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Playing Scotsmen in mainland Europe

Twenty-first-century Scottish play-acting draws depth and energy from a European and Western tradition of dreaming Scottish dreams, and this tradition dates back to at least the late eighteenth century, to the beginnings of European Romanticism. This book explores how contemporary celebrations of Scotland build upon earlier Scottish fantasies. The Scottish dreamscape is one of several pre-modern counter-worlds which have been approached through imitation in the past. The book examines the 'Scotland' that is on the play-actors' minds. The Scottish dreamscape was formed in an eighteenth- and nineteenth-century process now best known as Highlandism. It was then that Scotland became associated with the aesthetics and supposed characteristics of its Highland periphery. The book also explores the Scottish dreamscape's spread via the channels of the British Empire and American popular culture. It identifies five key carriers which helped to disseminate the Scottish aesthetic across the world, namely epic poetry, the Highland regiments, music hall entertainment, Hollywood films, and romance novels. The book further focuses on fieldwork conducted in 2009 and 2010. It sheds some light on the different forms of Scottish play-acting, on musicians, athletes, commemorators, and historical re-enactors. The pipers and athletes do not imitate the past; they perform in what they hope are old but living Scottish traditions. Commemorators and historical re-enactors have a different aim. They seek to recreate the past in the present. Finally, the book identifies some of the main reasons for the Scottish dreamscape's special resonance in northern and western Europe.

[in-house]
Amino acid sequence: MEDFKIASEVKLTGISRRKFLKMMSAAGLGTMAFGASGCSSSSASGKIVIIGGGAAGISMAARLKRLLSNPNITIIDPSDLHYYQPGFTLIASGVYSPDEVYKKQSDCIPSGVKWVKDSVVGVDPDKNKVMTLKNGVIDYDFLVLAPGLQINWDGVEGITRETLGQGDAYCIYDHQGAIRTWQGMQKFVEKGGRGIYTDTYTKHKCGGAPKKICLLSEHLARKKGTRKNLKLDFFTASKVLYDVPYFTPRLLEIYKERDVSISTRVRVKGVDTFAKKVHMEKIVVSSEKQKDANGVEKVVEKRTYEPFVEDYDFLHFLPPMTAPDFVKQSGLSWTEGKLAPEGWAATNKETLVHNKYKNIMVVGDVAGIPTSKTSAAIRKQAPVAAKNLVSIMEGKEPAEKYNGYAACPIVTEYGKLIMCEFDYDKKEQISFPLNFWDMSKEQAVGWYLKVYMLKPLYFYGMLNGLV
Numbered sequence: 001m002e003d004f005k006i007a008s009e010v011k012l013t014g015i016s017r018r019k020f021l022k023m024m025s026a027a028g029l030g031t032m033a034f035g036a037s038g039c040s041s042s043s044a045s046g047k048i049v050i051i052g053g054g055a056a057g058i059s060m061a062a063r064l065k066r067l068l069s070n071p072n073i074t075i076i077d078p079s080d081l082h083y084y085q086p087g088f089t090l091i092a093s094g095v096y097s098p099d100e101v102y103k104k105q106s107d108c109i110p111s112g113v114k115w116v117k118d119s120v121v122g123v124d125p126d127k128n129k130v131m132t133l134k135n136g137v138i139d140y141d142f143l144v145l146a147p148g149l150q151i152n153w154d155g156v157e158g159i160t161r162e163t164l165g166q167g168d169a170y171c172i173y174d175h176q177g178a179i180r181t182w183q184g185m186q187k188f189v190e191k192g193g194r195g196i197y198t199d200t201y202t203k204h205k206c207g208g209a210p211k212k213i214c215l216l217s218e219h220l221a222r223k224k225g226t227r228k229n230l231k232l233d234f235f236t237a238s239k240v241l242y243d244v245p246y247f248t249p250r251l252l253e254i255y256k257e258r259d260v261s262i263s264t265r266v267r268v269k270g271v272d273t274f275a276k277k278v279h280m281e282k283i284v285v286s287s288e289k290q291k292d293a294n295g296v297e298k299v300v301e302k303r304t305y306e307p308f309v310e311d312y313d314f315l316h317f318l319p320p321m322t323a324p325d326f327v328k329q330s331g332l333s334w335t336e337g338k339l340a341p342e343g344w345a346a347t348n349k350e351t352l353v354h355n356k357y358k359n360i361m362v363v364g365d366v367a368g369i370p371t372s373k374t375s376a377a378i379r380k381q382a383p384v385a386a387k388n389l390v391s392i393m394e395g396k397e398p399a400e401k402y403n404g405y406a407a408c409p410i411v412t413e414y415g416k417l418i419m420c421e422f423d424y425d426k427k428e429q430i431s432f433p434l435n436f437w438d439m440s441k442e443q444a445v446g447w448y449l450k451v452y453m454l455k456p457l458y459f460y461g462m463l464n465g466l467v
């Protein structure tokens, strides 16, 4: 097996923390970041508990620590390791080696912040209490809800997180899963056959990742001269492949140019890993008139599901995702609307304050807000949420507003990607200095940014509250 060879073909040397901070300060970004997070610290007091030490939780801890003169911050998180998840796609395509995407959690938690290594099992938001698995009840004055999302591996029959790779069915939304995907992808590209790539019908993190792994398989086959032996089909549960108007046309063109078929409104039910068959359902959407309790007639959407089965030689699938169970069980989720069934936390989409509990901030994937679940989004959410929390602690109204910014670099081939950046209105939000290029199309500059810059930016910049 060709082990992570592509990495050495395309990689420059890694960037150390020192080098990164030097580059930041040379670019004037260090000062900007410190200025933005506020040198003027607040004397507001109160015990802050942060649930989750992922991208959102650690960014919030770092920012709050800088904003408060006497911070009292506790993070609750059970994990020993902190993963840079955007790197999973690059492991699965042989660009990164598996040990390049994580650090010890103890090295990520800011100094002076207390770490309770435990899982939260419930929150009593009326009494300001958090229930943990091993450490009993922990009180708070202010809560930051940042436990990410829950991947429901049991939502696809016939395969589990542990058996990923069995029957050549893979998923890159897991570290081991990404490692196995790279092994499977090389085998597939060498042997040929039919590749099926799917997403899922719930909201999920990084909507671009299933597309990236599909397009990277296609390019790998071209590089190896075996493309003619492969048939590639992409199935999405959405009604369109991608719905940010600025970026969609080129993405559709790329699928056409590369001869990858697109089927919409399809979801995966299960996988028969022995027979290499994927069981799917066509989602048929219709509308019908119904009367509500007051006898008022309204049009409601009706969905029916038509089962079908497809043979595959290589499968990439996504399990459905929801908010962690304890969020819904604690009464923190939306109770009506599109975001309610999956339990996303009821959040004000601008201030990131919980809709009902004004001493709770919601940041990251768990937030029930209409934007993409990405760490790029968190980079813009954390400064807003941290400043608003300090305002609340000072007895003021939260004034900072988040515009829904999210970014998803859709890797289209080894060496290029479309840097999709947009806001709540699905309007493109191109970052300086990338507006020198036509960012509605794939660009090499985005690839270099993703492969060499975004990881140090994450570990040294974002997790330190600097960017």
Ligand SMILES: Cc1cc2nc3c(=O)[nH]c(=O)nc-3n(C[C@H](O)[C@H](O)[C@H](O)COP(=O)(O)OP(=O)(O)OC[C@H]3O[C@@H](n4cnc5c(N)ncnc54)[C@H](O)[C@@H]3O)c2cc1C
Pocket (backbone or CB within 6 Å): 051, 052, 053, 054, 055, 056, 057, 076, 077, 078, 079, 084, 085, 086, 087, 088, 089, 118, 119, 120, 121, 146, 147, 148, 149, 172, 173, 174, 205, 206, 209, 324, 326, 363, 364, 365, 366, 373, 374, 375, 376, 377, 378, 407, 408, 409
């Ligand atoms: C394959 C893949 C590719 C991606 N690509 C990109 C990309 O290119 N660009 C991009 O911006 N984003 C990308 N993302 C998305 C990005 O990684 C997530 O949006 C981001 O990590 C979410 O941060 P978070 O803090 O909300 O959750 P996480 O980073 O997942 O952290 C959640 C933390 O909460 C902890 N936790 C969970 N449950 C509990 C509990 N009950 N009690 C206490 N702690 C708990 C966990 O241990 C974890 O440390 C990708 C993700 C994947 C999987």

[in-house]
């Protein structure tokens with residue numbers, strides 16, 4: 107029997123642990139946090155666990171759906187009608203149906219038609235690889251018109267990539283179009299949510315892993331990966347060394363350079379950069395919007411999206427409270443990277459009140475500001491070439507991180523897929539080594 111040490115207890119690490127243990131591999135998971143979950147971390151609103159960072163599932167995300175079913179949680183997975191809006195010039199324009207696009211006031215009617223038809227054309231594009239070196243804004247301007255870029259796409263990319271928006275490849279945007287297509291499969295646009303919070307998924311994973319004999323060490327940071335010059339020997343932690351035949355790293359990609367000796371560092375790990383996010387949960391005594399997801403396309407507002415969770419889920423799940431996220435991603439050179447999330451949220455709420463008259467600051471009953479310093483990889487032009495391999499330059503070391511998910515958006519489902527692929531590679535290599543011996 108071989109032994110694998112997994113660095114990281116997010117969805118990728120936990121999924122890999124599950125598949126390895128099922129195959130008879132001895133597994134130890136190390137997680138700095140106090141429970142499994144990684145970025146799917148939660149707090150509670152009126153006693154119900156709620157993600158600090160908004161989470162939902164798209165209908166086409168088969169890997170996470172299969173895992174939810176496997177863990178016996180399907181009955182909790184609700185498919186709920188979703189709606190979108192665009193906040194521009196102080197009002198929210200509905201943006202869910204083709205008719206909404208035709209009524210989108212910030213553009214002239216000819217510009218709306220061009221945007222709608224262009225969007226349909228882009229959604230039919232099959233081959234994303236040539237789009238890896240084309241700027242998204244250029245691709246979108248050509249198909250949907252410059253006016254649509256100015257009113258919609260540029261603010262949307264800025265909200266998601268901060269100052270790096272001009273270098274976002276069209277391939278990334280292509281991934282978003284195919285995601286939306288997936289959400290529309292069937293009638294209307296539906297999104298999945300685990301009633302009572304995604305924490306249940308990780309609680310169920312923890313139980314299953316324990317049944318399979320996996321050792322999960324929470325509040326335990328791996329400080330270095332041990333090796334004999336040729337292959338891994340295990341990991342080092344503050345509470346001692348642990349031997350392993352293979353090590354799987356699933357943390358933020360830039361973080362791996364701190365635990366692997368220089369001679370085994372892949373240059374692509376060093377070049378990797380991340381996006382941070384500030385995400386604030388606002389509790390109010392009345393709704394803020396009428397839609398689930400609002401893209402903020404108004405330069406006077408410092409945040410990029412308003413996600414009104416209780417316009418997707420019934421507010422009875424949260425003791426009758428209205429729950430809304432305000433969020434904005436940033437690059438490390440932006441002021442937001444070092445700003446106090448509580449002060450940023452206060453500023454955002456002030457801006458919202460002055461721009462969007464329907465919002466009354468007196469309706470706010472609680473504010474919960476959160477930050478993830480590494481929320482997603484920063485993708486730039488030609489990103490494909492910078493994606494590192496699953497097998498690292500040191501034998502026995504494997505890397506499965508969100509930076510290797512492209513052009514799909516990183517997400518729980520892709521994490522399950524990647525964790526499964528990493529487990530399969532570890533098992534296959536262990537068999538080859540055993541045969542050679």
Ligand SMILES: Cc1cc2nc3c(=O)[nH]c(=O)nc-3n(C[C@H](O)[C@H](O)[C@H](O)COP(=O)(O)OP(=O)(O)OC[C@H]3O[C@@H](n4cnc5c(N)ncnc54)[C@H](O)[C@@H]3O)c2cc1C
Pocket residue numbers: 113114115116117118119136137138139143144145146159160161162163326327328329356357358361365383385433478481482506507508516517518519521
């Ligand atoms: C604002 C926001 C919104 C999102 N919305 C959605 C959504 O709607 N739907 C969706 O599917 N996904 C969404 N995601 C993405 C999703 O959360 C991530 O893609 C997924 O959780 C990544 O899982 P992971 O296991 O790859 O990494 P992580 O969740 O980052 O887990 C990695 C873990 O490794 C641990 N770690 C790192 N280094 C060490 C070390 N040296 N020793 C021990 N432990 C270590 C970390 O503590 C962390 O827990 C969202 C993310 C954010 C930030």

Diana Cullell

or an idea. A metaphysical trend, equally difficult to conceptualise due to the different variations it presented (Bagué Quílez 2006: 72–73), also gained strength during the 1990s. Under the all-encompassing label of poesía metafísica readers could find epic poetry, Neo-surrealism, hermetic trends or poesía del silencio, all of them greatly different in terms of aesthetics. Authors such as Jorge Riechmann, Álvaro Valverde, Andrés Sánchez Robayna, Juan Carlos Mestre or Juan Carlos Suñén have all been associated with it. This metaphysical poetry, even though it did

in Spanish contemporary poetry
Pastoral vocation in ‘Astrophel’

him deadly cloyd: For that wilde Bore, the which him once annoyd, She firmely hath emprisoned for ay, That her sweet loue his malice mote auoyd, In a strong rocky Caue, which is they say, Hewen vnderneath that Mount, that none him losen may. The vision of the Garden of Adonis is a climactic one in the first instalment of Spenser’s epic – though remarkable for its transcendence of the political goals we associate with the motivating visions of the Aeneid and epics in the Virgilian mould.33 But the Garden of Adonis is not restricted to Spenser’s epic poetry. It

in Spenser and Virgil
From Burke’s Philosophical Enquiry to British Romantic art